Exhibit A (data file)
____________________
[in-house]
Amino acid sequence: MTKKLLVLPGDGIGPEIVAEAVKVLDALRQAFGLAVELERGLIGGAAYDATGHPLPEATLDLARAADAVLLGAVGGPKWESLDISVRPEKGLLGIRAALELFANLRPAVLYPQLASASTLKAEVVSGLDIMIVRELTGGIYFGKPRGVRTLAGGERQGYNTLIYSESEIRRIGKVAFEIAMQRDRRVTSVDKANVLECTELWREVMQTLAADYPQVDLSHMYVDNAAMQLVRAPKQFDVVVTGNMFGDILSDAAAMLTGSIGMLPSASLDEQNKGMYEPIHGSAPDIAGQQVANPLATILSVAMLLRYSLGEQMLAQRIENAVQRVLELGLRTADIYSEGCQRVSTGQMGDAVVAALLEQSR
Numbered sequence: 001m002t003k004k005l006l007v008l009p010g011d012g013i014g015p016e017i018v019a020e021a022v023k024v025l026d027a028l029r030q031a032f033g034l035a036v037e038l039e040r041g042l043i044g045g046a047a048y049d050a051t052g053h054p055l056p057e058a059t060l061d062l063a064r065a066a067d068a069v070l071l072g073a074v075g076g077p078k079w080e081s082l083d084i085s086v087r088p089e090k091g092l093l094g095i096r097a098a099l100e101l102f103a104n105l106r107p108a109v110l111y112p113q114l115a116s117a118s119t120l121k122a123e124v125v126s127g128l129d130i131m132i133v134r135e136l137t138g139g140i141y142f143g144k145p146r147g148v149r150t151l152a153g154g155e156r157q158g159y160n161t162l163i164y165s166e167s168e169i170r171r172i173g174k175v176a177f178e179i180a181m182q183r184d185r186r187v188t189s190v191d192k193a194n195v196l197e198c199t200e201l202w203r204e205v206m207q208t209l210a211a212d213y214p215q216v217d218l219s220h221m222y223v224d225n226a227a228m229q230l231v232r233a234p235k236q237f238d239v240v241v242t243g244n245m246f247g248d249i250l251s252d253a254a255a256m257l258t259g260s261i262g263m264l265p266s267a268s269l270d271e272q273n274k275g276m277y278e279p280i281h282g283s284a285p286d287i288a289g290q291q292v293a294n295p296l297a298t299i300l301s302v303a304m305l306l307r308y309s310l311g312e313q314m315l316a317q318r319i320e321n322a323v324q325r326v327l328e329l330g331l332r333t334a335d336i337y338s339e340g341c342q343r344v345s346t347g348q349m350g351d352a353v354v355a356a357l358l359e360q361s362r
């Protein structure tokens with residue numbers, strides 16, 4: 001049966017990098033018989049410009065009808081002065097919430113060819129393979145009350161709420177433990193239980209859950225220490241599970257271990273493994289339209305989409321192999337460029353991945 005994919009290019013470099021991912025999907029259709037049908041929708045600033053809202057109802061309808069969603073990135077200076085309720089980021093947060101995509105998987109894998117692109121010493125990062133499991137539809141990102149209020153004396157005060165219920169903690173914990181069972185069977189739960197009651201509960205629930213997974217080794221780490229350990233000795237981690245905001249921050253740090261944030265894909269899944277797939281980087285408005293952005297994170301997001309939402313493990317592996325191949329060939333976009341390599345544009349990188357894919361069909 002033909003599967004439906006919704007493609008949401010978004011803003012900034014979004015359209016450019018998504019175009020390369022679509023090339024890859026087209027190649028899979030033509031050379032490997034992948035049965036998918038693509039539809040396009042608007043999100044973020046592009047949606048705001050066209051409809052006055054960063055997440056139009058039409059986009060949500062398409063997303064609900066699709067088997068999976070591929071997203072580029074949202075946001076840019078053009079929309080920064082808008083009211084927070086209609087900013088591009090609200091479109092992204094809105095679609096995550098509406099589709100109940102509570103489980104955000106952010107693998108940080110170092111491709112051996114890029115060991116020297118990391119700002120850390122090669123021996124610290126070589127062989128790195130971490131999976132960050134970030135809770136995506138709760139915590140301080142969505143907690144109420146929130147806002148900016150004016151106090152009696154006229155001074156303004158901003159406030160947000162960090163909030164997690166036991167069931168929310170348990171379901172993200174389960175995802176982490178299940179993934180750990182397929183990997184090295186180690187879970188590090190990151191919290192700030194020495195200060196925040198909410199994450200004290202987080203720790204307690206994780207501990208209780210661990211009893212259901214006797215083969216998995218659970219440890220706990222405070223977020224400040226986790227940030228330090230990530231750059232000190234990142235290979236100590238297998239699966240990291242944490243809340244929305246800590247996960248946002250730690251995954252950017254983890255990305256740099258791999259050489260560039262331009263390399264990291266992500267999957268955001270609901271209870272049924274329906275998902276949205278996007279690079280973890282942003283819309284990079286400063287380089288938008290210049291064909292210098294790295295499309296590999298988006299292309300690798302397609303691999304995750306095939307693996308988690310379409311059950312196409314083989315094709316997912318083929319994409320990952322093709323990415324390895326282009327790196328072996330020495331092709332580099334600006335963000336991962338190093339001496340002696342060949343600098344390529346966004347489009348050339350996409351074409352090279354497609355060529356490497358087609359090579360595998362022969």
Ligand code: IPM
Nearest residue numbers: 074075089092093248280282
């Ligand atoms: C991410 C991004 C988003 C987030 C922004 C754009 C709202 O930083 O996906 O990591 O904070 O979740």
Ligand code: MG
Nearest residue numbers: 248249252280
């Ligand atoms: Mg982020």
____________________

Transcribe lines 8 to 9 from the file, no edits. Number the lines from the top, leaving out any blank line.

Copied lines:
Ligand code: MG
Nearest residue numbers: 248249252280